One very popular IF methodology that’s linked to in this article is Leangains: An I.F. based diet and training program that’s the brainchild of Martin Berkhan.
The diet has rapidly increased in popularity within the last few years, and is now by far the most used fasting based bodybuilding program. Despite its current popularity, it is also often misunderstood and done incorrectly. Most articles that write about how to “do” it lack the necessary specifics that you need to know to get started.
I’ve personally been doing it for over 4 years now, and it’s my go to method for easy fat loss when I need it. When I started out years ago, I had a lot of unanswered questions that I had to figure out by consulting various resources and with my own trial and error. I decided to publish a step by step guide that covers everything you need to know to properly use the program to effectively lose fat, and I’m going to summarize it here.
Step 1: Body composition improvement programs have one of these three goals:
Fat Loss: a “cut” — lose as much body fat as you can while maintaining your lean muscle mass.
Lean Mass/Strength Increase: a “bulk” — gain as much strength and muscle mass as you can while limiting fat gain as much as possible.
Gradual Recomposition: a “recomp” — slowly improve your lean muscle mass to fat ratio over time.
To do things properly, you must pick one of these goals. Most people start with a cut because they want to lose fat, so that’s what we’re going to explain how to set up step by step.
The defining trait of an I.F. diet plan is that you incorporate a daily 14-18 hour fast. The main benefit of fasting is that it makes hunger control way easier. At least for me. Though, fasting in general can potentially reap a number of physiological benefits. It doesn’t matter when your feeding and fasting windows are. Just do what’s most comfortable for you. I typically eat between 12 pm and 8 pm (for example).
Step 2: Figure Out Your Calorie and Macronutrient Requirements
The idea is to eat at a weekly caloric deficit of 15-20 % over time until your ideal body fat level is achieved. To do this, calculate your calorie requirement using an online calculator. For now, assume that you’ll be training 3 times per week when you fill it out.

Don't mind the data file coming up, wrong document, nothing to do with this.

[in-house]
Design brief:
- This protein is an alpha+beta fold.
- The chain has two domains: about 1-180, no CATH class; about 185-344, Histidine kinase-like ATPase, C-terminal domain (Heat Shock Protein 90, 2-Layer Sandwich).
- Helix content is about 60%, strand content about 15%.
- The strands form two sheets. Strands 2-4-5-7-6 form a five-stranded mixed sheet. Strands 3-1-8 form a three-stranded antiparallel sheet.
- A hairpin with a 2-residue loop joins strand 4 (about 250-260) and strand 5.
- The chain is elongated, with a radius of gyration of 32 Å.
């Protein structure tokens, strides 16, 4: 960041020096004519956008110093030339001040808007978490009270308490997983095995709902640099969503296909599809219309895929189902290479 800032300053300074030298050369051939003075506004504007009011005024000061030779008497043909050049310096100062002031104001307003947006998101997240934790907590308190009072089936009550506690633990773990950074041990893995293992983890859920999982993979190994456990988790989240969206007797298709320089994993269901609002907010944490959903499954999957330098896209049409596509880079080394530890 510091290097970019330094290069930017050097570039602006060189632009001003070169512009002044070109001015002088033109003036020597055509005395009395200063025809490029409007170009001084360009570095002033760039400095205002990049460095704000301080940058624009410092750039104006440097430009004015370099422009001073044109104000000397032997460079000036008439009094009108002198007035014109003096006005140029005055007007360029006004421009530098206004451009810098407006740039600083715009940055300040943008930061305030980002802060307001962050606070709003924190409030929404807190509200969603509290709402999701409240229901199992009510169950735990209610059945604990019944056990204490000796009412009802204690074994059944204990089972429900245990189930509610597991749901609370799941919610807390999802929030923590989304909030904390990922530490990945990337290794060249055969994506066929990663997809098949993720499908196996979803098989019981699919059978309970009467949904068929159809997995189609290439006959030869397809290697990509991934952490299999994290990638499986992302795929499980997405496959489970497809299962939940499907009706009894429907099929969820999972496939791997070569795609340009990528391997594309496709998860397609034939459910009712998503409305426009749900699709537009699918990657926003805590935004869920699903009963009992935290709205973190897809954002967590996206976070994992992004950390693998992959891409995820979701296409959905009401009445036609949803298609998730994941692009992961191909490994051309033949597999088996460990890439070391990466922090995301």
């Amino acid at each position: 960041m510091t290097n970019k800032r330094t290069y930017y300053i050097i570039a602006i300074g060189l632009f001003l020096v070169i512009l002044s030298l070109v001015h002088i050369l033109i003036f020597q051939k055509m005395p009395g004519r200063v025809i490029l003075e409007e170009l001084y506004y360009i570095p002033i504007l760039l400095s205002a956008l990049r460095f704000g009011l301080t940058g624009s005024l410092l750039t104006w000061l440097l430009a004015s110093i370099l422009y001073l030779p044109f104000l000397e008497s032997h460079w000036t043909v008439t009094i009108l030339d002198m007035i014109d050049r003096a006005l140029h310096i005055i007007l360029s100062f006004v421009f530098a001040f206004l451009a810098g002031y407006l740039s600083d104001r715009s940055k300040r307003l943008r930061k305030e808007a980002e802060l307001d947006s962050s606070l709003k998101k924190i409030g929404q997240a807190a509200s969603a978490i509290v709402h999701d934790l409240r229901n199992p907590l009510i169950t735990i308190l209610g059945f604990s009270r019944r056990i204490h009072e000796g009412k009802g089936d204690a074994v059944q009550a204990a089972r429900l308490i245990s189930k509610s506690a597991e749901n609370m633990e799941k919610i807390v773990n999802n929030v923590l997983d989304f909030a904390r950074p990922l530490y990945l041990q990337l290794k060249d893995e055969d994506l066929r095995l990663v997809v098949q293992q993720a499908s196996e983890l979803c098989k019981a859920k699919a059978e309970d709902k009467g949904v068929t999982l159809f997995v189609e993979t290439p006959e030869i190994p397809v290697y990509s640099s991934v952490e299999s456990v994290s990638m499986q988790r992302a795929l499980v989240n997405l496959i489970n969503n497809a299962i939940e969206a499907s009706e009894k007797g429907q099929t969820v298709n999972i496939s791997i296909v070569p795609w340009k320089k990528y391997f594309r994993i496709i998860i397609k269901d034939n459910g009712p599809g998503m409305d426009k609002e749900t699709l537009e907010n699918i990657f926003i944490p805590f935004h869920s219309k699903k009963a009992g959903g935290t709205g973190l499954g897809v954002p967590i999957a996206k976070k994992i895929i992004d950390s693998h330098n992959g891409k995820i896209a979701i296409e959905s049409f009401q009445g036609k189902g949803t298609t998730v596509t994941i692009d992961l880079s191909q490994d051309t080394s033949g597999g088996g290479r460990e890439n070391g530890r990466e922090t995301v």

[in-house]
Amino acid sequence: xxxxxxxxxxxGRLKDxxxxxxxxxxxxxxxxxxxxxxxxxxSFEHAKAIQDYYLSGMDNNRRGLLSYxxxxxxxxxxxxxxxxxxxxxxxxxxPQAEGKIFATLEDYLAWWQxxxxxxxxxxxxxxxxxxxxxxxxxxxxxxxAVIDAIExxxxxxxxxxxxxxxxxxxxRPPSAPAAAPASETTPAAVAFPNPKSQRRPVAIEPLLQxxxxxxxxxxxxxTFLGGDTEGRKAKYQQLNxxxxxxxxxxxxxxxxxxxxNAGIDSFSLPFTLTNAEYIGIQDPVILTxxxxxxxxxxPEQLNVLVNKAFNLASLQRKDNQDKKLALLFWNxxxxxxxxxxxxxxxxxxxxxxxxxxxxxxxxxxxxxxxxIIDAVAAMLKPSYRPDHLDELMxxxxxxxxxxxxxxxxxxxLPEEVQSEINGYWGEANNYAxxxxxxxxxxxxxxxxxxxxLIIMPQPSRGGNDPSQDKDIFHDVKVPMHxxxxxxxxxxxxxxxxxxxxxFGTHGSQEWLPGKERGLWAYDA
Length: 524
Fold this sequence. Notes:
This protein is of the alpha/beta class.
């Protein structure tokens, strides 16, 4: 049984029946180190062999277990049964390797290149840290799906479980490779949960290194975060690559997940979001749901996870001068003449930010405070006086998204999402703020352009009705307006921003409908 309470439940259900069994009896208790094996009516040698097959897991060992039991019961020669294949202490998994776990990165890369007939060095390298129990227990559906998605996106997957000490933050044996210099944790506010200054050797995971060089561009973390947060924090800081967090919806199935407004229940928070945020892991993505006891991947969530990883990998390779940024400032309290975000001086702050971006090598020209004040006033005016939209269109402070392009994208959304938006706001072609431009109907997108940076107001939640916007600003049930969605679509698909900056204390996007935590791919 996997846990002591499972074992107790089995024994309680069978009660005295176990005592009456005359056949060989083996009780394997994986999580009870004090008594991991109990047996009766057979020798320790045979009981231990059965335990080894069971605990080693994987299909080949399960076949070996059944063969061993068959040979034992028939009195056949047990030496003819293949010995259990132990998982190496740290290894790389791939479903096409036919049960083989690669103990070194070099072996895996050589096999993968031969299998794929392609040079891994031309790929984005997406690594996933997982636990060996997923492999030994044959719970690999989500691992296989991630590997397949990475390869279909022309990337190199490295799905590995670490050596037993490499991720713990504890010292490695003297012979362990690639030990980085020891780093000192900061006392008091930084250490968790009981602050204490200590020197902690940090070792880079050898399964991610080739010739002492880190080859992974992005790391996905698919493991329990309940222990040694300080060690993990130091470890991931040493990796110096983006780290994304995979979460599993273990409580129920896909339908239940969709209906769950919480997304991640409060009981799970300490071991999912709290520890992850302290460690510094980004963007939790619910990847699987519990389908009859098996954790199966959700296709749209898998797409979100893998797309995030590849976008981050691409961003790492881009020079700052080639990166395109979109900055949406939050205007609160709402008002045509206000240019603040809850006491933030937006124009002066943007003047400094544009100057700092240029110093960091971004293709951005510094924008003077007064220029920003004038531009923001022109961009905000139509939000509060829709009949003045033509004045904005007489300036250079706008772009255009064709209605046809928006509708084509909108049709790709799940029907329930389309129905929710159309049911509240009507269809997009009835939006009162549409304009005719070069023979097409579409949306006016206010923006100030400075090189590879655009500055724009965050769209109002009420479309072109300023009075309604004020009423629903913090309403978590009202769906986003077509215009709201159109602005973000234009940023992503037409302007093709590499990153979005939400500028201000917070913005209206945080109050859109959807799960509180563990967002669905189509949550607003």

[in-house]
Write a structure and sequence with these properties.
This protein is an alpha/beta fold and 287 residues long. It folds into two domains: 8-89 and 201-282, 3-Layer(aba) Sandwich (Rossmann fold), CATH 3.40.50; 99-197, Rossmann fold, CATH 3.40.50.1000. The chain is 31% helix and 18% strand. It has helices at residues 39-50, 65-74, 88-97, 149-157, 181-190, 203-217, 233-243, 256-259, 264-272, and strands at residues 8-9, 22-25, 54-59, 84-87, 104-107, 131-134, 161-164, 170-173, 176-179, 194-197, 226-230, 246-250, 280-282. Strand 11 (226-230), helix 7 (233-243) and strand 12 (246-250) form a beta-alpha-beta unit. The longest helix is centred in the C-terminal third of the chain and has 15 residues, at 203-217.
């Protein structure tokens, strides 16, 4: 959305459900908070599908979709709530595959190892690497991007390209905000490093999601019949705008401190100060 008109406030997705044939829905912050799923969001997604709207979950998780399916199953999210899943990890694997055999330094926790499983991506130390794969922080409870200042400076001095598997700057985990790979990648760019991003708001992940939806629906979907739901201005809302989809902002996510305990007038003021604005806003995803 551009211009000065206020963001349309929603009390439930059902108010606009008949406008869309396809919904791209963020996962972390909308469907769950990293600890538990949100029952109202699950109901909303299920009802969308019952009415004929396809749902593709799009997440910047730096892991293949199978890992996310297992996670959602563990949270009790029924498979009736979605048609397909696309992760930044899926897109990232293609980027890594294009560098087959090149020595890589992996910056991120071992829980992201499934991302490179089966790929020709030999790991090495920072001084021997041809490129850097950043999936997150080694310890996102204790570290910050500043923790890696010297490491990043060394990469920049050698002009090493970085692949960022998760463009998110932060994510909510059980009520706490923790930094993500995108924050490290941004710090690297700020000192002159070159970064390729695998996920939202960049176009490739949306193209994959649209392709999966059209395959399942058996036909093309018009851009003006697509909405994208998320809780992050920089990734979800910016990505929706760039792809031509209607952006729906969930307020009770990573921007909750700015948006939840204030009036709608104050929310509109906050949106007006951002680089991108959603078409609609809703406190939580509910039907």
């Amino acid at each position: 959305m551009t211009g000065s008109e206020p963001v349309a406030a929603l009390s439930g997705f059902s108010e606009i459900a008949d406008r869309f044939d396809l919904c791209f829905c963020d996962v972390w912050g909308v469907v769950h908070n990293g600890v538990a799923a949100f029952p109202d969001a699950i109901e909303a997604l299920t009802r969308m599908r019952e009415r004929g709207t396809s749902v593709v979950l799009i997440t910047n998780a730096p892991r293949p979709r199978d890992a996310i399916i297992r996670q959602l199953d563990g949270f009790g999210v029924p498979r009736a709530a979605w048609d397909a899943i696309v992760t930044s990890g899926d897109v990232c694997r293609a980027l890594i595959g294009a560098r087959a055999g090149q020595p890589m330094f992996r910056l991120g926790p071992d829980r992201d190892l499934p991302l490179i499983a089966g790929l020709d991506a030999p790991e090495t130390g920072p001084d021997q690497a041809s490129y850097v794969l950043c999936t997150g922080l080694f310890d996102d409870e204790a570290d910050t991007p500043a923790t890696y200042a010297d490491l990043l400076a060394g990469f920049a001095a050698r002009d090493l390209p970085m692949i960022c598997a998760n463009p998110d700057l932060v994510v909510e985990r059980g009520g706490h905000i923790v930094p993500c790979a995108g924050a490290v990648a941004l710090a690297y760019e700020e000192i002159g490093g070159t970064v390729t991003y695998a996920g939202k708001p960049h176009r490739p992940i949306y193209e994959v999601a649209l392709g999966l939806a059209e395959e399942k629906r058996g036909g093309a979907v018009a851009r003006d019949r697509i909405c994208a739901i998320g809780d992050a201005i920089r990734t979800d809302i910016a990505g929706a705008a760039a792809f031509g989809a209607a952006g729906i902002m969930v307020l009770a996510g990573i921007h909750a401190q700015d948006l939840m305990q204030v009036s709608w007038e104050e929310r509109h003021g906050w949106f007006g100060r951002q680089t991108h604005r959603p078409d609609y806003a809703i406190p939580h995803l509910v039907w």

For an example, I’ll show my figures from my most recent cut:
Starting weight: 79kg
Ending weight: 72.5 kg
If I put my figures into the calculator using the athlete formula and 3x/week of exercise, my total daily energy expenditure (TDEE) is 2250 calories. Therefore if I want to lose fat and eat at a ~15-20 % caloric deficit my daily average caloric intake should be 1800/day.
Next, figure out your daily protein, fat, carbohydrate, and fiber requirements using these guidelines:
Protein: 1-1.5 g per lb (0.45 kg) of body weight per day
Fat: 0.25g – 0.3 g per lb of body weight per day
Fiber: At least 0.2 g per lb of body weight per day
Carbohydrates: All remaining calories in your daily caloric budget.
Here were my targets on my most recent cut:
Protein: 180-200 g/day
Fat: 50-60 g/day
Carbs: 75-100 g/day (off day) or 225-300g (training day)
Protein and fat intake should stay fairly constant on a day to day basis, but you’ll be eating much more calories in the form of carbs on training days than you will on off days, which I explain in the next step.
Step 3: Figure Out Your “Split”
A popular dieting method is a deficit/refeed carb cycling style that can be particularly effective for maximizing fat loss. The idea is that you’ll eat at TDEE “maintenance” on training days (2-3 times per week) and you’ll eat at about a 35 % deficit on off days. This comes out to a 20 % weekly deficit on average. The difference between your caloric intake on training days and off days is what we call the “split.”